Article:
It was getting late. My drinking buddies were fewer and fewer. We lost some of them in each of the places we were into. In the end, there were only two left. They walked me to the subway station. They insisted to give me one of their jackets. I refused. I was a man, right? They gave me strong pats on the back and declared they didn’t see anyone manlier than me. They had tears in their eyes. Probably because of the cold, but I thought otherwise.
The Wake Up Ride
As I entered the subway, I had a mix of strange sensations. First of all, it was warm inside. Second, I realized I smelled like a distillery. Scratch that. Like a consortium of distilleries. I was still able to identify distinct faces of workers and secretaries rushing to their jobs. They were looking at me a little bit too long, I thought.
And then I realized the awkwardness of the situation: it was minus ten degrees, 5 AM in the morning and I was in my shirt, smelling like a consortium of distilleries. This young and good looking pal, what a waste. At that point, I clearly remember that all my alcohol was simply washed away. In just a few seconds I was widely awake. I also had a sudden change in my spatiality perceptions. It was like all the space around me was curbing, giving me a strange position. Looked like every gesture I made was amplified by this strange space deformation.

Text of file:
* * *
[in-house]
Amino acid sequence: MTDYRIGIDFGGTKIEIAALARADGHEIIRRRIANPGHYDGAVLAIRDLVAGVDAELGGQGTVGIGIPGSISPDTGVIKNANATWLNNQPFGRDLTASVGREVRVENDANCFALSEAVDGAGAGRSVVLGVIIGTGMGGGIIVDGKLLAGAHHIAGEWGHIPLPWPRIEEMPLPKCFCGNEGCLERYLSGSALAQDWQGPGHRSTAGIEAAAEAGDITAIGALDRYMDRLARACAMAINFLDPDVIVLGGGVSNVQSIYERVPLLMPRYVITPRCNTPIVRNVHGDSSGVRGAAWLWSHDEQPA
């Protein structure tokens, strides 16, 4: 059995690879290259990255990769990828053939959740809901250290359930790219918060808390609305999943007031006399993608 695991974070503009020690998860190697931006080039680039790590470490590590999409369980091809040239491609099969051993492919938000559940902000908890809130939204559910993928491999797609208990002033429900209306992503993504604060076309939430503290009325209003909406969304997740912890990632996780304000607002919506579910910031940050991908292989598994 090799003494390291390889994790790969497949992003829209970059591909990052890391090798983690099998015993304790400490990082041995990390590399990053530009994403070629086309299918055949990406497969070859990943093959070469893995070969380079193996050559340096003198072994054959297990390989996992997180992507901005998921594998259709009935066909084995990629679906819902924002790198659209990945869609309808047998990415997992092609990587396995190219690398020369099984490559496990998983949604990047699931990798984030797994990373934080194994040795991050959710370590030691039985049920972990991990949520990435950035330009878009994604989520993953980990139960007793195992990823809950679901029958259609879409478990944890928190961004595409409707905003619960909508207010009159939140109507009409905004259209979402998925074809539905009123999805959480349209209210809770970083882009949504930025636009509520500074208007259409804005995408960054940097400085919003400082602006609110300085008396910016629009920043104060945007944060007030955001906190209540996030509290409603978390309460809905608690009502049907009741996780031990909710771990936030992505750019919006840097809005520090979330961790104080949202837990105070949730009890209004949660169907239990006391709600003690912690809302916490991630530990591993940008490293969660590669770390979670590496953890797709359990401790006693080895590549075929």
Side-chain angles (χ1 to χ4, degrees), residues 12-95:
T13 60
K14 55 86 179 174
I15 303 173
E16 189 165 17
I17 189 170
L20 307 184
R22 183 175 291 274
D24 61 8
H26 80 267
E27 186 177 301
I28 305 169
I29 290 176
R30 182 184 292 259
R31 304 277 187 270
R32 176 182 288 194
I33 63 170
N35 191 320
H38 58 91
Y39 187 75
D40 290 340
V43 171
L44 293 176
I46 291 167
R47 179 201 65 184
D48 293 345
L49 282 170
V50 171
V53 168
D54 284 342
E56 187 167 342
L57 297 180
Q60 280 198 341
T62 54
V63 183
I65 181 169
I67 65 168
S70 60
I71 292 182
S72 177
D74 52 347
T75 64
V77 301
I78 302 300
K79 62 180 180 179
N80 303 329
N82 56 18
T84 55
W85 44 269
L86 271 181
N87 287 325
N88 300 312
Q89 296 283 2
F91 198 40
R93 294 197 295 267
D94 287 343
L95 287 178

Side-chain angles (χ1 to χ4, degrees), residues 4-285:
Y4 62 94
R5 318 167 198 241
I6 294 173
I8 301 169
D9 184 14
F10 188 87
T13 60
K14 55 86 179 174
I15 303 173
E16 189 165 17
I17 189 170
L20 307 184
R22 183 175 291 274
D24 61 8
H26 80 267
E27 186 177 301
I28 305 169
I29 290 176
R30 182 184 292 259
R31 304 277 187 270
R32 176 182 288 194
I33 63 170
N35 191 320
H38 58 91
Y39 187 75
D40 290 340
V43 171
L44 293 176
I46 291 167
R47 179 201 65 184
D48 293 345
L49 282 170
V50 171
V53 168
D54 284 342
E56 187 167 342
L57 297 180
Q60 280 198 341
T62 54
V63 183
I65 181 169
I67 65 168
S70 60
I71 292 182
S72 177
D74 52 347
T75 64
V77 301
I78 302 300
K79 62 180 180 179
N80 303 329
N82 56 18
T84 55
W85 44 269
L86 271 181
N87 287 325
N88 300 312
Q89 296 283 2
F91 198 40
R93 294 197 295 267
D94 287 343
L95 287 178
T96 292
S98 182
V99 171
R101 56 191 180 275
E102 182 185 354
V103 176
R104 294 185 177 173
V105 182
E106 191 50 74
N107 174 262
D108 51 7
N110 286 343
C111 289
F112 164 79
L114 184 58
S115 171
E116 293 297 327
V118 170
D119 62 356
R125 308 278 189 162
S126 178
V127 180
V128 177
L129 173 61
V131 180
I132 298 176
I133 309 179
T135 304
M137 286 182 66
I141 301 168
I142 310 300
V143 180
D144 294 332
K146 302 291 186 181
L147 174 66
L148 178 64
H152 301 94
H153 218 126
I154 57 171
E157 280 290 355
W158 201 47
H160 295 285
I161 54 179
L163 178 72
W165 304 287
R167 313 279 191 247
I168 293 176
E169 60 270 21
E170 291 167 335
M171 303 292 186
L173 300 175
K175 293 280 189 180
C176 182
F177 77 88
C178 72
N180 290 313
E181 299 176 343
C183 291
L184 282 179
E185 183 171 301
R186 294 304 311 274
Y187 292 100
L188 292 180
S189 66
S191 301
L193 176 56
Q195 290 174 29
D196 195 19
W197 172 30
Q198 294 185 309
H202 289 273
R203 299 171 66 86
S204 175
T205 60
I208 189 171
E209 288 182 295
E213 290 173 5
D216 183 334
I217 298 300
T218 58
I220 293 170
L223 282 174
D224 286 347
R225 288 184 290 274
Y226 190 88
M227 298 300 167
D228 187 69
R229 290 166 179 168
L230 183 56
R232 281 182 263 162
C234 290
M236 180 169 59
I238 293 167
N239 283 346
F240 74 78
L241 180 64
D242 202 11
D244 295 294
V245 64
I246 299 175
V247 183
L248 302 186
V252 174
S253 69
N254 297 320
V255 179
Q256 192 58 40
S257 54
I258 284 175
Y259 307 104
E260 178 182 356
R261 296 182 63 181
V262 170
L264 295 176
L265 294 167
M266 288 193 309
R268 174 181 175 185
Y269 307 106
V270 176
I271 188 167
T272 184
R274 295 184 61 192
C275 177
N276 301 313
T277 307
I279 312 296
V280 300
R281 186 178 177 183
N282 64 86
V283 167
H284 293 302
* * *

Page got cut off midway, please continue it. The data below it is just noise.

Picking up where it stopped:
I still had 4 more stations until my rented flat. And I decided to change those looks. I don’t know if it was the shame, the guilt, or anything else, but I strongly intended to send a different message to those people. So, I focused as much as I could on this attitude: “hi folks, I’m just taking the garbage out. Yeah, I know, I could put it just near my block, but what can I say, I like to ride the subway in the morning. I’m cool. I’m ok.”